Once you’ve made a list of colleges you’re interested in, the next step is to narrow down the list to colleges you’ll apply to. Most counselors recommend that students apply to five to eight colleges — more than that usually doesn’t make sense. Here’s how to make your college list manageable.
Narrow Down Your List
If you’re at this point in the process, you’ve probably already looked into things such as location, size and majors offered. Here are some other things to research:
- Financial aid packages
- Variety of academic programs offered
- Special programs, such as study abroad
- Clubs and activities on campus
- Housing options
Sort Your List
Once you have a list of colleges you think you will be satisfied attending, sort it into three categories. At the College Board, we introduce test scores as one additional factor to weigh as you refine your list:
Safeties: Your SAT or ACT score is higher than the average score range of last year’s freshman class. These are colleges that you feel you have a very good chance of getting into and that you think you can afford to attend. They should also be colleges you would be happy to attend.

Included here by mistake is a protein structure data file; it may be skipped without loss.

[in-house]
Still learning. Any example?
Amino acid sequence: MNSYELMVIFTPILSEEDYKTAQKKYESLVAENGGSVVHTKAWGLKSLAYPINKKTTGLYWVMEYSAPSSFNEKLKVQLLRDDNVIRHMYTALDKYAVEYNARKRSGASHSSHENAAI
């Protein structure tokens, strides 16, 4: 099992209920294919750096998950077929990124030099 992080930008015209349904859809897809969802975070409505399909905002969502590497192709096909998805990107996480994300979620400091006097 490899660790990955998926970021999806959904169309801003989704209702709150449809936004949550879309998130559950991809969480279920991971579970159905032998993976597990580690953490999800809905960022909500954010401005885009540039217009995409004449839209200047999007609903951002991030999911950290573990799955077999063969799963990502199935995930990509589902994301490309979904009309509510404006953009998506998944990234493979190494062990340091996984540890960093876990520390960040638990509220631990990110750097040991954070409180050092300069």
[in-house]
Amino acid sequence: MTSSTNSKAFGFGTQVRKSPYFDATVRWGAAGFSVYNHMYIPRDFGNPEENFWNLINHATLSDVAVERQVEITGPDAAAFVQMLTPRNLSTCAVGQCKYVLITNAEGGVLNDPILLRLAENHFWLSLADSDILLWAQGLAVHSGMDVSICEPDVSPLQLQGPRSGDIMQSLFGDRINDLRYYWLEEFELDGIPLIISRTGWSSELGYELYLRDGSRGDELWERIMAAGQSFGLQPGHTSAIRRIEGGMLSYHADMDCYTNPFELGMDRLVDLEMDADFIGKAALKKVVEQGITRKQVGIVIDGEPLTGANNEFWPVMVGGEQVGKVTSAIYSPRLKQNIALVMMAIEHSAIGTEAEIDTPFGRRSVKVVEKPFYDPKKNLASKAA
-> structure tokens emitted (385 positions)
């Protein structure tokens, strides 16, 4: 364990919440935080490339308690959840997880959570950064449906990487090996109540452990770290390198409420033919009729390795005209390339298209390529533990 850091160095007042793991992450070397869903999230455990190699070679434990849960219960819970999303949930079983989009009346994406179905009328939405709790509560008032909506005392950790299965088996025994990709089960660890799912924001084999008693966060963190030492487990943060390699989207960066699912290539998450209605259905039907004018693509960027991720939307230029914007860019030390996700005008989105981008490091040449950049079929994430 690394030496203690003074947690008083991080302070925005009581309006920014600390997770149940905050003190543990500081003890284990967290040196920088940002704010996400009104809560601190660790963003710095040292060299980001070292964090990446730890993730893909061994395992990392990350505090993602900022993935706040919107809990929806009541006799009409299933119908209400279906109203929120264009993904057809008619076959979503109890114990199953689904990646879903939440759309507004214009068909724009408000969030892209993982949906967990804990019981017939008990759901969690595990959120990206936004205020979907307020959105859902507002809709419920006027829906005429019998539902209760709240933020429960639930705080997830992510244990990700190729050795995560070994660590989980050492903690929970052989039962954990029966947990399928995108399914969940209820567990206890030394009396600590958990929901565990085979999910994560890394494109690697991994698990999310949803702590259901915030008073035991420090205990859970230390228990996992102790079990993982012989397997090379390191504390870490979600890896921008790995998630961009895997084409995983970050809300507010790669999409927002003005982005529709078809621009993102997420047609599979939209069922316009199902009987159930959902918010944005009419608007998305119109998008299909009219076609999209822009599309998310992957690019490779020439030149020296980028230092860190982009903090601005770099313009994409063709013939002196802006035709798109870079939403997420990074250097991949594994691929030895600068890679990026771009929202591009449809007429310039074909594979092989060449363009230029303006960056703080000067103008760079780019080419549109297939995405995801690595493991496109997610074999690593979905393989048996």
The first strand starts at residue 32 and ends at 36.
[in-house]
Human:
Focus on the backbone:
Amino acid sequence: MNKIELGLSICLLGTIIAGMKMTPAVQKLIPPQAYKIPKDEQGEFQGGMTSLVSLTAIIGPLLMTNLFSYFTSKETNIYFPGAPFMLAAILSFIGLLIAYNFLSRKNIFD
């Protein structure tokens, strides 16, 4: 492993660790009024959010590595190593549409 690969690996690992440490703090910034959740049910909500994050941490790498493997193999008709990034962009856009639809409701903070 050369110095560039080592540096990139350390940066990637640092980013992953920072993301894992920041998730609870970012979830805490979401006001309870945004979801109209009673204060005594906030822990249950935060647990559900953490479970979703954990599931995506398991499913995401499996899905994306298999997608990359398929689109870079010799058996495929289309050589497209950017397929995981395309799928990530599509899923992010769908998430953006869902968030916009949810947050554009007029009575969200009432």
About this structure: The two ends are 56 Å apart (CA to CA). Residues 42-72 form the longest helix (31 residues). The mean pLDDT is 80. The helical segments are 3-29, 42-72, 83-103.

Matches: Your SAT or ACT score is solidly in the same score range as last year’s freshman class. These are colleges that you feel you have a good chance of getting into and that are good matches for you overall.
Reaches: Your SAT or ACT score is lower than the average score range of last year’s freshman class. These are colleges that you think may be more of a challenge to get into. Getting in is not a sure thing, but it’s realistic enough to be worth the effort of applying. Remember: colleges consider the whole package.
Balance Your List
From your sorted list, you should choose:
- One to two safeties
- Two to four good matches
- One to two reaches
By having a balanced list, you’re adding colleges that you may not have considered before. Ultimately, it’s important to build a list that reflects your wants and needs while also keeping in mind what schools can meet those needs and help you succeed.
With college applications, quality is better than quantity. You must complete each section of an application carefully, and admission officers can tell if you’re not serious about their school. In fact, they look for students who seem to really want to go to their school.
Use Your Support Network
You don’t have to go through this process alone. Your parents, school counselor and teachers can help you think about your decisions and choose which schools to apply to.
Remember, there will be more than one school that’s right for you. What you’re doing now is narrowing down your options to good possibilities. After this step, you should be able to choose again — from those colleges that offer you a place in their freshman class.